To handle this very important set and costume color contact, the Technicolor Motion Picture Corporation has available the services of a color control department to advise on the color design of the sets, the evaluation of costume colors, and allied problems. This department has a background of experience from all productions, and its experience and highly developed judgment are available, through the normal functioning of the department, to each new production as it comes along. This department is the spearhead of the Technicolor photographic activity.
The make-up problem is handled, as in black-and-white pictures, by the studio make-up departments, although the color cameraman does have the responsibility of requesting the "touching up" of the make-up as it may be necessary, and he very often has special problems that require close collaboration with the make-up man. For instance, on exteriors with the actors working in sunshine, they usually begin to sunburn, and make-up changes must be made in many cases to handle these gradually tanning complexions. Frequently this means a new make-up problem in order to keep the camera appearance of the flesh tones the same. It can readily be seen that this can become a difficult job. The reverse is also true. As the troupe begins stage work after returning from the exteriors, their tanned skins will slowly fade and the problem of compensating by make-up continues. Occasionally we have had difficulty due to physical exertion on the part of the principals, causing faces to flush beneath the make-up, which effects the camera appearance.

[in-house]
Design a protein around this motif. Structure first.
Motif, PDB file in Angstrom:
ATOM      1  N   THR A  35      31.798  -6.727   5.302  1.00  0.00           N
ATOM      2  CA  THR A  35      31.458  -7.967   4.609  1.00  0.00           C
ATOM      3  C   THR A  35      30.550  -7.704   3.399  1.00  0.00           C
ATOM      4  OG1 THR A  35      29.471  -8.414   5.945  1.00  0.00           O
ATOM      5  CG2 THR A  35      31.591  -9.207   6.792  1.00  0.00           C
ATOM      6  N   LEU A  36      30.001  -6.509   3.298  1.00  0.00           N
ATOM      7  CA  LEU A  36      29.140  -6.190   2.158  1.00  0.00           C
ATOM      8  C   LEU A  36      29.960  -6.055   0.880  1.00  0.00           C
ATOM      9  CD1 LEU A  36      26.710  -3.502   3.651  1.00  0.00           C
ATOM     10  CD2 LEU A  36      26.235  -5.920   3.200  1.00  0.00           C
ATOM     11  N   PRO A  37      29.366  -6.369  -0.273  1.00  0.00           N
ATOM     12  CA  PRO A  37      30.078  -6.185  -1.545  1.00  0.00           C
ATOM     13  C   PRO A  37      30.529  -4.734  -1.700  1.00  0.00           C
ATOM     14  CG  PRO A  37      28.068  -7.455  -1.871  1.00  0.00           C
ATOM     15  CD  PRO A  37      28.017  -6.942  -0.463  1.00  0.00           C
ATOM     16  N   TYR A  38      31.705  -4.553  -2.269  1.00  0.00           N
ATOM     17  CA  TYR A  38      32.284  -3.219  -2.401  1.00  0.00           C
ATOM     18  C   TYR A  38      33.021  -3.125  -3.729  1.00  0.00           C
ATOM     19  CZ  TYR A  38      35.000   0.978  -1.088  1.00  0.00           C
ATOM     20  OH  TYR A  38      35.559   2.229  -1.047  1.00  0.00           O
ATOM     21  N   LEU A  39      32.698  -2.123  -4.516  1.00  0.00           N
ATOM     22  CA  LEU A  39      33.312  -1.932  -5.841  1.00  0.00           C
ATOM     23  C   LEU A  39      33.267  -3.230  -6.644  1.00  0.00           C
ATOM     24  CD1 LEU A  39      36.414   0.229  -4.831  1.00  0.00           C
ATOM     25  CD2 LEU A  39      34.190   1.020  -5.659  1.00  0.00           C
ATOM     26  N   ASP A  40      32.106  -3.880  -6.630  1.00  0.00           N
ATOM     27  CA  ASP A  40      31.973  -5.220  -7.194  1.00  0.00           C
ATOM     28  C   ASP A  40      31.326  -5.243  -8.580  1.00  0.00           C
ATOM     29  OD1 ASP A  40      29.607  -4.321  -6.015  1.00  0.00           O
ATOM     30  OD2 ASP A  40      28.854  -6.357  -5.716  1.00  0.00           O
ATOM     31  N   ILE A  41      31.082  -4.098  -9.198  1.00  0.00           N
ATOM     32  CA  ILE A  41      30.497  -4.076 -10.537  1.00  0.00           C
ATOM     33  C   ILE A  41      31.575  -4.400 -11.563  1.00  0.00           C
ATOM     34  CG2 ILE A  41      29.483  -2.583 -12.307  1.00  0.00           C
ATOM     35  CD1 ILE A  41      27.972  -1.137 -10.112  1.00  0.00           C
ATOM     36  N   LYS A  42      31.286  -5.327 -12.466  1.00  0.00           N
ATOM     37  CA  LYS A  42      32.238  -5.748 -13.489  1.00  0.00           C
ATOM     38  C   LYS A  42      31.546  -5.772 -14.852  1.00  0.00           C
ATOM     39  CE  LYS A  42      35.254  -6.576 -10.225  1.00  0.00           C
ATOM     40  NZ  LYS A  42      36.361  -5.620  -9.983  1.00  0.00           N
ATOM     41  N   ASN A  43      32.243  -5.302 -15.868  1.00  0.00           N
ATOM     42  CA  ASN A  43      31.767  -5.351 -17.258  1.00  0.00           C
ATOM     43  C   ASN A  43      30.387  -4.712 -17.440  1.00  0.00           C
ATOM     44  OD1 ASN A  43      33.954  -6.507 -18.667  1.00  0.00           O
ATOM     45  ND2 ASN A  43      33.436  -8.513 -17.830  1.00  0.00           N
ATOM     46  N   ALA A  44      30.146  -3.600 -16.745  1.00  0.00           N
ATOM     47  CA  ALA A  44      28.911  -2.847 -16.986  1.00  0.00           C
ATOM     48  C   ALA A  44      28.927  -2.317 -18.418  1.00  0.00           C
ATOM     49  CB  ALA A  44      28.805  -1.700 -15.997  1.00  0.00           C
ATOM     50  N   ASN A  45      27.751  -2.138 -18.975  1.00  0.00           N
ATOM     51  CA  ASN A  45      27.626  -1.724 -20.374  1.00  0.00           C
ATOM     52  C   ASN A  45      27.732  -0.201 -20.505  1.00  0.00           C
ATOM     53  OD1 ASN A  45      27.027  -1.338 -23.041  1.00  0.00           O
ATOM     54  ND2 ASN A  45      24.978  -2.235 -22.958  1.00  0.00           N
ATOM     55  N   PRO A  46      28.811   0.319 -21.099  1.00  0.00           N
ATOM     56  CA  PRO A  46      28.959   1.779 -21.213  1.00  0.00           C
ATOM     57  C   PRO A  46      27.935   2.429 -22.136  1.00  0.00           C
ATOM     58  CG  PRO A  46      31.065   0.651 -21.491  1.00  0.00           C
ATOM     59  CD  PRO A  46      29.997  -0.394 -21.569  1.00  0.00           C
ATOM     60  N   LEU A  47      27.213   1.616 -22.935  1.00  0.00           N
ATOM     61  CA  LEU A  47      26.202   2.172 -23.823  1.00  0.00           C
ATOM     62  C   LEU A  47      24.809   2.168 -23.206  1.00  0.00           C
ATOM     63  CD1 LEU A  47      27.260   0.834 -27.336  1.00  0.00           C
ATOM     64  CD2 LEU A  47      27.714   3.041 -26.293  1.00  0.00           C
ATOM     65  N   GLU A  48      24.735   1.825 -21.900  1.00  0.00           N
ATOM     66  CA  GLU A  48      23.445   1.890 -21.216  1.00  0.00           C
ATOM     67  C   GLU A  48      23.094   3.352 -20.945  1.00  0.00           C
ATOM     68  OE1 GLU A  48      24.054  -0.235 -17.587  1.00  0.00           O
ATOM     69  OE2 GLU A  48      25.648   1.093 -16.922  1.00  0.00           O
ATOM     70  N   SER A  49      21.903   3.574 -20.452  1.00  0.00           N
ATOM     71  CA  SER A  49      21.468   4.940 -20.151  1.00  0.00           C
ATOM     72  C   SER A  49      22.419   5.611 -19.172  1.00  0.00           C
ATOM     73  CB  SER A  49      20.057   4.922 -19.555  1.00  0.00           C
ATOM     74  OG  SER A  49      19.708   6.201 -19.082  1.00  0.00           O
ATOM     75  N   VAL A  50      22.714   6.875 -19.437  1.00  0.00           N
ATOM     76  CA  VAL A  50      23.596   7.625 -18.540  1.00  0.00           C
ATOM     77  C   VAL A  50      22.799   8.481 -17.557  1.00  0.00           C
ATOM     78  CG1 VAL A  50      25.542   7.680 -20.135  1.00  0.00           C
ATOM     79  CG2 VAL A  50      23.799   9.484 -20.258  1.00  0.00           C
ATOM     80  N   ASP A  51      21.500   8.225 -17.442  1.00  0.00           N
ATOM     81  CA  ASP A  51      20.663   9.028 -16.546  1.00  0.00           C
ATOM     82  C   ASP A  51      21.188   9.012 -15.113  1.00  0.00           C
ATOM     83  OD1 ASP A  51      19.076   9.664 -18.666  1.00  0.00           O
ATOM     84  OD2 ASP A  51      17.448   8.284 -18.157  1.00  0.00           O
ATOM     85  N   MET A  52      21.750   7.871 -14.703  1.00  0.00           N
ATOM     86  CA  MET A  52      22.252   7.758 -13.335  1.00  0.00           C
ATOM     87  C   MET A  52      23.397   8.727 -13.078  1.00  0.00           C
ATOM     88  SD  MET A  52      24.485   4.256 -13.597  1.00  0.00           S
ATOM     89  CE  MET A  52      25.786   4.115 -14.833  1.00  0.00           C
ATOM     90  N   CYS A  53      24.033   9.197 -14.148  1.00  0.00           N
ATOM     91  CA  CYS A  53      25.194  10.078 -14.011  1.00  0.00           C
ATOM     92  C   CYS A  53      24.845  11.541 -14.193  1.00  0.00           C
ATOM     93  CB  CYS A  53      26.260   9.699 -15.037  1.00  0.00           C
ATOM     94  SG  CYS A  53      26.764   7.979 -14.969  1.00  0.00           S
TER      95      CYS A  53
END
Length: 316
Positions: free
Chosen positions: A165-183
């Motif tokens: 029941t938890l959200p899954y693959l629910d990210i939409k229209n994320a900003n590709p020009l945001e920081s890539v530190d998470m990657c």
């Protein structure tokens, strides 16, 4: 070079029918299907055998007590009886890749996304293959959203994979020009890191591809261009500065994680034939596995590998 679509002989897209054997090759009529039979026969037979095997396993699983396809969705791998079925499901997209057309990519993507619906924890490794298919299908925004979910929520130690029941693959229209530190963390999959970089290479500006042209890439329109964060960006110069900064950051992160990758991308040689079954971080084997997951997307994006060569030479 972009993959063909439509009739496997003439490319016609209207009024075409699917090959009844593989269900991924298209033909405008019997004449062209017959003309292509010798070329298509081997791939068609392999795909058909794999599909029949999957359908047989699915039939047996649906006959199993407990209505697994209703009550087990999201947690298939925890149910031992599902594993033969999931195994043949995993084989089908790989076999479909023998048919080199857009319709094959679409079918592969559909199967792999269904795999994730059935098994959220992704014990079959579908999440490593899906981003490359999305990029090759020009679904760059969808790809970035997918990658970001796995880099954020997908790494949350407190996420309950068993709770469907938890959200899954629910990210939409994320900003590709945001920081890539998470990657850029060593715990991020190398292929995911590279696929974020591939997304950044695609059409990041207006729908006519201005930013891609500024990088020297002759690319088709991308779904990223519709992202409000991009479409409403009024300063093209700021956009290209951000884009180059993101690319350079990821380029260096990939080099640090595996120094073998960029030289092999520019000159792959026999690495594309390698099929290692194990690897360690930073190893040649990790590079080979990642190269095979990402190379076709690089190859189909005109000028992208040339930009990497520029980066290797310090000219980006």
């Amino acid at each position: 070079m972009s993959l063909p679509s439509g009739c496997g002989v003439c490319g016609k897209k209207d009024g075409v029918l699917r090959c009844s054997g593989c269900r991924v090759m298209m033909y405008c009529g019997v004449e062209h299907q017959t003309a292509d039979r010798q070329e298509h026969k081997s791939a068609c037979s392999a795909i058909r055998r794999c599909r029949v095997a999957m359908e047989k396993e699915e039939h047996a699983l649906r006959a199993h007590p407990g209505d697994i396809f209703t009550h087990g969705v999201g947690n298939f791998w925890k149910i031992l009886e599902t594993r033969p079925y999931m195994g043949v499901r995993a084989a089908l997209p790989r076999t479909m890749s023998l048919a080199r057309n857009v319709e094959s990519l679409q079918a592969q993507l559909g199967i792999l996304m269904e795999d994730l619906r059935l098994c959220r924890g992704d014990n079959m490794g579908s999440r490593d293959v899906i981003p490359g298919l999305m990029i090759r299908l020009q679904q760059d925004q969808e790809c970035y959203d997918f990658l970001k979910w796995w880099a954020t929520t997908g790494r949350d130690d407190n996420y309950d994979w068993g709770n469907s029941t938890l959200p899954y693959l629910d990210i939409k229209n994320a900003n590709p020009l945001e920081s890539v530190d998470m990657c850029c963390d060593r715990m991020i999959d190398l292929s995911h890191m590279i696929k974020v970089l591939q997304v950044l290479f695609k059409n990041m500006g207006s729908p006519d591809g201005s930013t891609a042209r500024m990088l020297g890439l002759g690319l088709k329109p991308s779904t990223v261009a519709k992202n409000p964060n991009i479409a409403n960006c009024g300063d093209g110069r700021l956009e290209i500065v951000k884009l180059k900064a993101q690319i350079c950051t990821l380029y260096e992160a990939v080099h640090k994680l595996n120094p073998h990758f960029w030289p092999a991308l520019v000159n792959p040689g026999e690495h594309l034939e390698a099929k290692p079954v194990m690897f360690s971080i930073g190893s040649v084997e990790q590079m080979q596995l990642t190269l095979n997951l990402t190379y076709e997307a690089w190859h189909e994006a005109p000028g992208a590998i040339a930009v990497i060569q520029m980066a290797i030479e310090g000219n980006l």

The color camera is very discerning of flesh quality, and we find it necessary to include in the make-up area the neck and throat, and the hands and arms if they show. On rare occasions no make-up at all is used, and it is frequently omitted when photographing babies, as their clear smooth skin generally needs no correction.
It should be kept in mind that, generally speaking, the primary function of make-up is to correct extremes in colors, cover blemishes, and generally reduce the tone range observed in any average group of persons. If one will note the varying complexions of people, he will readily appreciate that if three or four persons were lined up side by side to be photographed, it would be highly desirable and probably very necessary to correct the flesh tones and greatly reduce the tone spread. This must not be interpreted as meaning that all flesh tones should appear alike. Variations of tone are very desirable. It is the extremes that are undesirable. Obviously a white man with a heavy tan who photographs like an Indian is not a very convincing white man. The most critical care is given to the close-ups, especially of the principals. The care and attention given to the problem are, of course, directly proportional to the screen importance of the skin tones.